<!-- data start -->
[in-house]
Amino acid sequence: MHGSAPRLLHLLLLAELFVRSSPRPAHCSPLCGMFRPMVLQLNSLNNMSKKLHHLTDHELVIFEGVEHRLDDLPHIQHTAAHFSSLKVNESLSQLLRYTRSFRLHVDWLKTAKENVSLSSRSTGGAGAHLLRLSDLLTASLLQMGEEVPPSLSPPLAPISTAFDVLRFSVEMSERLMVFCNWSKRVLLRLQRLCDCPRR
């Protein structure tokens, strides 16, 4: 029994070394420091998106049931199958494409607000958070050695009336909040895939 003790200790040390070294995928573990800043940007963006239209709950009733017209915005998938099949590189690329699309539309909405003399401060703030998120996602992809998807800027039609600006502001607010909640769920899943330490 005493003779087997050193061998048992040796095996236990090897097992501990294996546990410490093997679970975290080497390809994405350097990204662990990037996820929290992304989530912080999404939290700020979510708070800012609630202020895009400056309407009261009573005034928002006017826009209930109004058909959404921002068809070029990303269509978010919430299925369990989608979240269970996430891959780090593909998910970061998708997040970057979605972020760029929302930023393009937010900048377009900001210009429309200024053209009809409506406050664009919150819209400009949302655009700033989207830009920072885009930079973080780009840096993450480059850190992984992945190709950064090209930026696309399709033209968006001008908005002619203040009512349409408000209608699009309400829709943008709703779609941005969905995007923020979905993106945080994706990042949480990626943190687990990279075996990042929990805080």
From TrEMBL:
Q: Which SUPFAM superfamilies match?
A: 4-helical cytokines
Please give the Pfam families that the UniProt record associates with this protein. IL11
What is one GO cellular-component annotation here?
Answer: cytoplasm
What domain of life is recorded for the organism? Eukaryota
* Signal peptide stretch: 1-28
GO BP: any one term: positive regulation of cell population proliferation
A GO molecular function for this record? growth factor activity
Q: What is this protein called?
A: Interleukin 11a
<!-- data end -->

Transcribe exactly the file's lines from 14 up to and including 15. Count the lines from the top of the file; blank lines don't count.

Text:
Q: What is this protein called?
A: Interleukin 11a